When my grandfather left Greece for Canada in the 1920s, his brother (Arthur's father) eventually came to Australia with his five sons. Ann figures there are over 60 Bourises in Australia now.
Ann and Arthur at the breakfast table (note the vegemite, olives and feta cheese):
On Saturday, they held an afternoon party in the garden, with a yard full of Bourises, to welcome us. In the beautiful afternoon breeze, we talked and saw old faces and met many new ones. And we ate and ate and ate: souvlaki, halloumi cheese, salads, fresh rolls, plates loaded with olives and feta, pavlova, strudel, Greek milk cake, fresh figs, breads, washed down with VB and Australian wines. I think there were 10 more plates in there, too.
This is just the dessert table:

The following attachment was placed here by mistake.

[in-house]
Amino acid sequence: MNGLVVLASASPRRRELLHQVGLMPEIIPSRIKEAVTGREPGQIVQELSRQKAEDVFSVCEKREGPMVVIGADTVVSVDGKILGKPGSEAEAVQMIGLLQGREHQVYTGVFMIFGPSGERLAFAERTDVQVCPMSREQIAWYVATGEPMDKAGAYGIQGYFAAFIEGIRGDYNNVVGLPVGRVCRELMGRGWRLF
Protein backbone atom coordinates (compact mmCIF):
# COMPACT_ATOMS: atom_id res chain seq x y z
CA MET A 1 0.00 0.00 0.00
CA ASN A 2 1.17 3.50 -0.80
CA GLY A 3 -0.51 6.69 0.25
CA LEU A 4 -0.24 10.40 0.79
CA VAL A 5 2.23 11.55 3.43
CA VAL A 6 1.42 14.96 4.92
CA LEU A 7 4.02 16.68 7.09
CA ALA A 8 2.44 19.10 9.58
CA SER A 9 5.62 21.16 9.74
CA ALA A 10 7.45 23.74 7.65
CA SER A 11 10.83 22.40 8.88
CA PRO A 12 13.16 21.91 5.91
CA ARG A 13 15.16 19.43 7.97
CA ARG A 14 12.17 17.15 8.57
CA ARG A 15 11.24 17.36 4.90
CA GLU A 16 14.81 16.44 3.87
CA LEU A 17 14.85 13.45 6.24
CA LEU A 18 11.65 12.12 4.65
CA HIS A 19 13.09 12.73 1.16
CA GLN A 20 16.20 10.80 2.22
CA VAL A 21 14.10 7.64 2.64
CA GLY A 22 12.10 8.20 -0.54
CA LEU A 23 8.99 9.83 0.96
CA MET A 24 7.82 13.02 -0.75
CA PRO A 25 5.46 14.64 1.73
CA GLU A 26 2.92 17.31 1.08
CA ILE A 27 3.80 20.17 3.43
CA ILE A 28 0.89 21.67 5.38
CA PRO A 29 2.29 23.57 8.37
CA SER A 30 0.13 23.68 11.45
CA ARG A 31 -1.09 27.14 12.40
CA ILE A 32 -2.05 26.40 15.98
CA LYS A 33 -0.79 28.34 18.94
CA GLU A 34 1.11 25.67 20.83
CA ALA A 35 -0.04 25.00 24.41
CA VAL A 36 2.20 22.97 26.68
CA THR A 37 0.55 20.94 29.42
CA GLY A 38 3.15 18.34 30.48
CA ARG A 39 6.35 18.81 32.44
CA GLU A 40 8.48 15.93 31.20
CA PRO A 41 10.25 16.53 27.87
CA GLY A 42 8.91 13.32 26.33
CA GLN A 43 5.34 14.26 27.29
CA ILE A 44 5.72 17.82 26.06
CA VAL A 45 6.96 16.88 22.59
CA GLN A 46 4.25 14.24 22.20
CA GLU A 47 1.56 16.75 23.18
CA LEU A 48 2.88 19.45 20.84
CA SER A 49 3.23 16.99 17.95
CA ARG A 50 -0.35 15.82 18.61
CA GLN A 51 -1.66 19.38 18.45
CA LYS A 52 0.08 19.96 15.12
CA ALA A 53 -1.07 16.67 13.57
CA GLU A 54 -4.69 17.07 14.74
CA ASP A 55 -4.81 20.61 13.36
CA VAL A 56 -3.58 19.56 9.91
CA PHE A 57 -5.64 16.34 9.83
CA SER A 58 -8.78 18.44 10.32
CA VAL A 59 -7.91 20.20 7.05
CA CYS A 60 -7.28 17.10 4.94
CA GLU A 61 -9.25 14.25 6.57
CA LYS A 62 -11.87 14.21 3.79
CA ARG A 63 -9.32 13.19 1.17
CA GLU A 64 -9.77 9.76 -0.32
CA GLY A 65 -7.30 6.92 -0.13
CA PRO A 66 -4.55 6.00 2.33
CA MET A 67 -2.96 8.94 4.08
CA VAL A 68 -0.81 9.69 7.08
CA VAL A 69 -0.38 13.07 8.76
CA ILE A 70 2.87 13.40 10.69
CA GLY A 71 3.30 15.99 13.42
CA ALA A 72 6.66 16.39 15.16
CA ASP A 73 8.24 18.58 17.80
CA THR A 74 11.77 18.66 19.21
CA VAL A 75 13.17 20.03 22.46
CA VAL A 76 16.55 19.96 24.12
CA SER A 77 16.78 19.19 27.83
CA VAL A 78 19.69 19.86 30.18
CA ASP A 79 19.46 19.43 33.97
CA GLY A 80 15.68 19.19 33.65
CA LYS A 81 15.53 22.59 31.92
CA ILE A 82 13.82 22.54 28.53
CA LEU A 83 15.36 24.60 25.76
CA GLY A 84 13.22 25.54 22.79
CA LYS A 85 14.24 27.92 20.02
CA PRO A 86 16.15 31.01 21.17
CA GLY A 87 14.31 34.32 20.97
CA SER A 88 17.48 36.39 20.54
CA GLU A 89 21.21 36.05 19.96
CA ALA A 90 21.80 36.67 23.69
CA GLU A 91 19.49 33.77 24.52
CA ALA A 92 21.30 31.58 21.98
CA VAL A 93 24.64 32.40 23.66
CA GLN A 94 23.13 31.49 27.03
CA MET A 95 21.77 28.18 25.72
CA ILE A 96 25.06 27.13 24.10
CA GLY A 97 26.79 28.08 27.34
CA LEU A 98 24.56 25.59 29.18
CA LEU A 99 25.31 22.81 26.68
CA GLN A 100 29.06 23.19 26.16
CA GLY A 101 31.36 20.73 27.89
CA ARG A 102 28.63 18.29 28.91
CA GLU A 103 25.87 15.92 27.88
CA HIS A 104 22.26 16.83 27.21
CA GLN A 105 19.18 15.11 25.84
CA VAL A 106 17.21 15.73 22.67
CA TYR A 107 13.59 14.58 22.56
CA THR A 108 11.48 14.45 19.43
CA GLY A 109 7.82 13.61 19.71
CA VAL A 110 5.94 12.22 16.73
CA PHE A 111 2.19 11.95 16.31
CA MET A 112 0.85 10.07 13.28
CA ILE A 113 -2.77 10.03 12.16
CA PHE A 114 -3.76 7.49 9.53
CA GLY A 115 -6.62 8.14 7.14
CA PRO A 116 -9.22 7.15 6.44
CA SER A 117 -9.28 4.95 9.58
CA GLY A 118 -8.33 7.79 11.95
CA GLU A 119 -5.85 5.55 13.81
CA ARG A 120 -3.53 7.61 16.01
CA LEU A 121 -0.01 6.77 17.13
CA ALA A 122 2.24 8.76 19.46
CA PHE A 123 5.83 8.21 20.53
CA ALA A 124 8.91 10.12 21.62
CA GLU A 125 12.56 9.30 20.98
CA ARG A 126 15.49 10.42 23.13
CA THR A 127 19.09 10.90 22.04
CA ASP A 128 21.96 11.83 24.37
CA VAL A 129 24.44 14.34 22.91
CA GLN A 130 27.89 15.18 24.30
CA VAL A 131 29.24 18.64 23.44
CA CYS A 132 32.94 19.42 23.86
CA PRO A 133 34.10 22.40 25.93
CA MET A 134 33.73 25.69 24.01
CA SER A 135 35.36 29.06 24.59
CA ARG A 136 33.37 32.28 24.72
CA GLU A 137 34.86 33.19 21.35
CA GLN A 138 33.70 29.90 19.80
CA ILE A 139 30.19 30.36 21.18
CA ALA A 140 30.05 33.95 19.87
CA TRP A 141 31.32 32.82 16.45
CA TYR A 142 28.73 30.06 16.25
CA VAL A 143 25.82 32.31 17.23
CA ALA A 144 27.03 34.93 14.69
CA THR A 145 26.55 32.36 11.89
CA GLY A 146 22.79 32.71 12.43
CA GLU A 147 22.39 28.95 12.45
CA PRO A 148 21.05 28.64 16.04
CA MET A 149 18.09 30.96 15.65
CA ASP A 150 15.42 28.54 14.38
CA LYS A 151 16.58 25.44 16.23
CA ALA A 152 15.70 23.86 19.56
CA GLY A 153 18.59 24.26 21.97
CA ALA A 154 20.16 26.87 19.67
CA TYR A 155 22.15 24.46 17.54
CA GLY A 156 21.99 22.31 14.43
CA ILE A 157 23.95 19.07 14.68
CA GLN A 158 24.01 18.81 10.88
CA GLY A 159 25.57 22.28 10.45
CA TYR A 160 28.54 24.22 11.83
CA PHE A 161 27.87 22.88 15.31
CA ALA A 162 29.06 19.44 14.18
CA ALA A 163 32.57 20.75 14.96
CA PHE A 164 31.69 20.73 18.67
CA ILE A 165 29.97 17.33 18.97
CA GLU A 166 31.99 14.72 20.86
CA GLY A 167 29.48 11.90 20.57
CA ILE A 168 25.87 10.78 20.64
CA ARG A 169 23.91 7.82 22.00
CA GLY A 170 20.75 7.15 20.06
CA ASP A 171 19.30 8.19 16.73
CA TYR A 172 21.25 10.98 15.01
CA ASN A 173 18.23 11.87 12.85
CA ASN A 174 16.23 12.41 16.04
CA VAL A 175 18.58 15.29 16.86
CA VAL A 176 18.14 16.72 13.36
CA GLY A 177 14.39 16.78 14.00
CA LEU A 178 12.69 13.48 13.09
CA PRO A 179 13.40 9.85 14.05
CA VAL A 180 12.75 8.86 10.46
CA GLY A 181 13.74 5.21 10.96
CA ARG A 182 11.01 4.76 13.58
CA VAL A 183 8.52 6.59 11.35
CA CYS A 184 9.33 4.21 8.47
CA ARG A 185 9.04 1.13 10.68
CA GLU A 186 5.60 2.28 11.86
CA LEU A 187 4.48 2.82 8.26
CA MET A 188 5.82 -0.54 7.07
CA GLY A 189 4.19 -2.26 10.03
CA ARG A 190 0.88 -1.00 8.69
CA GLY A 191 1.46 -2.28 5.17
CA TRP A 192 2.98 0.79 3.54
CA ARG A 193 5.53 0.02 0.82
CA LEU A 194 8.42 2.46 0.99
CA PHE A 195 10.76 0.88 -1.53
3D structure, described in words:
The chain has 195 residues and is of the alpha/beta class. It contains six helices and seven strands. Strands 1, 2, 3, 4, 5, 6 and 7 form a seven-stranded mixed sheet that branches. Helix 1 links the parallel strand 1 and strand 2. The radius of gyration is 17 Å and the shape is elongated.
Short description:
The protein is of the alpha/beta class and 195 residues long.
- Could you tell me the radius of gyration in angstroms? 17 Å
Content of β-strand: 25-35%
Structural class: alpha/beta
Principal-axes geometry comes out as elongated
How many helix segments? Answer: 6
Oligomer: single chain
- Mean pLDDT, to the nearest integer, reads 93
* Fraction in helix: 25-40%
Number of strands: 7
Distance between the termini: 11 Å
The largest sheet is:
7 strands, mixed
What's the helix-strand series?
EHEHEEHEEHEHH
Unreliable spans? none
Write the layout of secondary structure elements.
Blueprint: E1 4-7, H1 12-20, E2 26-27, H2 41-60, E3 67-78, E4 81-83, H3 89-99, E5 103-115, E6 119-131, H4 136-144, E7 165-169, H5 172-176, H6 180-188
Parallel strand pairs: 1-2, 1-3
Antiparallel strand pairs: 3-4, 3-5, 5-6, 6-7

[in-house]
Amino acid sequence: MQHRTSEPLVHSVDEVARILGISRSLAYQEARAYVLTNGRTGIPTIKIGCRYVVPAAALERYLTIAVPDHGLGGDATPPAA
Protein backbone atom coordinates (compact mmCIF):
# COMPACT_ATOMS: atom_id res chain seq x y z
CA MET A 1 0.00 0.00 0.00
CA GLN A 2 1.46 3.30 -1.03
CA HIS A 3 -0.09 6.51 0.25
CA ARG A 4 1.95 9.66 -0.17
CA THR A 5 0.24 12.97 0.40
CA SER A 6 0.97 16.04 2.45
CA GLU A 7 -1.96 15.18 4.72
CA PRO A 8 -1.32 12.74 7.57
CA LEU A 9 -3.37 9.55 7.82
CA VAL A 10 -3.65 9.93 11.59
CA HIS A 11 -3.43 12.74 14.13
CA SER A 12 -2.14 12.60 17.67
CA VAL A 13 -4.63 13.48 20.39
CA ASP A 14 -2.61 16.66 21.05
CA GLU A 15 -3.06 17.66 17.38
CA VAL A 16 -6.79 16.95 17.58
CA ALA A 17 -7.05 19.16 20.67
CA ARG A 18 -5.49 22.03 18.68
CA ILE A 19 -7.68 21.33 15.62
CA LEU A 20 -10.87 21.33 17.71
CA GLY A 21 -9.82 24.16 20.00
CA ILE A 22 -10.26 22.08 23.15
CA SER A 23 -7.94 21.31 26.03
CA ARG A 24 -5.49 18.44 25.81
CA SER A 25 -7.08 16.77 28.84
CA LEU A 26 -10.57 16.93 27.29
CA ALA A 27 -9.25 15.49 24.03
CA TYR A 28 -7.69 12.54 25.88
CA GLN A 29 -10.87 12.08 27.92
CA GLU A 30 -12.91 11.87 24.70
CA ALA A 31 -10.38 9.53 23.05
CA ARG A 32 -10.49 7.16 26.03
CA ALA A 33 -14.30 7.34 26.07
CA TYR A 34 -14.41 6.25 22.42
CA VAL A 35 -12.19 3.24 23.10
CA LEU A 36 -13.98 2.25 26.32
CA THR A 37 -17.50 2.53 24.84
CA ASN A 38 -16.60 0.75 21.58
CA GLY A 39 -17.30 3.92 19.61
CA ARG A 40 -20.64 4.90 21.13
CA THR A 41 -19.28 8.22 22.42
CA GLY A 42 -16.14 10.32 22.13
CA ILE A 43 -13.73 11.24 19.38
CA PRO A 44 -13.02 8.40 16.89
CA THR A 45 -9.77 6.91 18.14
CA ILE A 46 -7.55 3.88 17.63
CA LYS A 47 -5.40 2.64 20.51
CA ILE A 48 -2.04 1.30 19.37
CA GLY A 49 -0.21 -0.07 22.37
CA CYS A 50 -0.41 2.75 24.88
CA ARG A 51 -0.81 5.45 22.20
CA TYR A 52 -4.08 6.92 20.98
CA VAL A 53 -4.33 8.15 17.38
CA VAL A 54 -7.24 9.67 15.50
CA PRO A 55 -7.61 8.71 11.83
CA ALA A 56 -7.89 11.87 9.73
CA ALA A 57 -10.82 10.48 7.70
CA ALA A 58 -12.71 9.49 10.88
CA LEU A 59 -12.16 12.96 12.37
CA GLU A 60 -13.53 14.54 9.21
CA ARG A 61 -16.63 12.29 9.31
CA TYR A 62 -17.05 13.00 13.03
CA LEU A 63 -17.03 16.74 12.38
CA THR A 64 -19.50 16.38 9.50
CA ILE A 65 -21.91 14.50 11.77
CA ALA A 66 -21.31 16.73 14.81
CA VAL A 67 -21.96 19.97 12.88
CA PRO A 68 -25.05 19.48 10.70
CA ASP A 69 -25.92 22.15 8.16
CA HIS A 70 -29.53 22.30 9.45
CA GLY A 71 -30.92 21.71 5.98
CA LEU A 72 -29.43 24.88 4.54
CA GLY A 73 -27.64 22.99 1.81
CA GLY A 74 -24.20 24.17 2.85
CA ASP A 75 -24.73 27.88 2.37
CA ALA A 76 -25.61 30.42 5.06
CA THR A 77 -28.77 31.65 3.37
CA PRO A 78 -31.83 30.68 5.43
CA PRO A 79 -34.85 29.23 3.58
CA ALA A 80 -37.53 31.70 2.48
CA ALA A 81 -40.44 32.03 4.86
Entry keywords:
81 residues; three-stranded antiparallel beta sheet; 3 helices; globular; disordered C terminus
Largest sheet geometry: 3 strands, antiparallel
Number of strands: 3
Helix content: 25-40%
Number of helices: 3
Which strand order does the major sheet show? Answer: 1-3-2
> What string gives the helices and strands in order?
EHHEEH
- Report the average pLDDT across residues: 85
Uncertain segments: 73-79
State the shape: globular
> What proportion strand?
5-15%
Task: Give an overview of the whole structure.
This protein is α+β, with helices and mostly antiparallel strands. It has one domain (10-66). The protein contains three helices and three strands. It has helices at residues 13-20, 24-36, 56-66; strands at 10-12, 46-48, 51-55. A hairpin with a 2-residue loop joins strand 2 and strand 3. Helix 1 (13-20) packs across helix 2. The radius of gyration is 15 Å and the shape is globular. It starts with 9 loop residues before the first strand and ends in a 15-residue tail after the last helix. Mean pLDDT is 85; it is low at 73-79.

The kids all played football and tag in the garden - and every one of them had the last name Bouris. At one point, I looked out at Naeva playing with cousins Isabella, Billy and Cam - all four of them in grade six, all four who share the same great-great-grandfather. What a special experience for all of us, to realize we are all linked by name and history and more than a few physical (and behavioural!) similarities. Last night, Peter gave us a slideshow of some of the 20,000+ photos that he has scanned, all the way back to the 1930s and tracing the expanding Bouris family over the years, with photos of family visits back and forth to Australia and Canada over the years.
Naeva, Ann and Arthur drawing a family tree over morning tea today:
The Bouris Family Tree (part 1):
Thanks, Australian Bourises, for welcoming us into (y)our big, warm family! We are so very lucky.
Ian is picking up the camper from "CamperMan" right now, and we're saying goodbye to the "rellos" for a few weeks, heading north up the coast.
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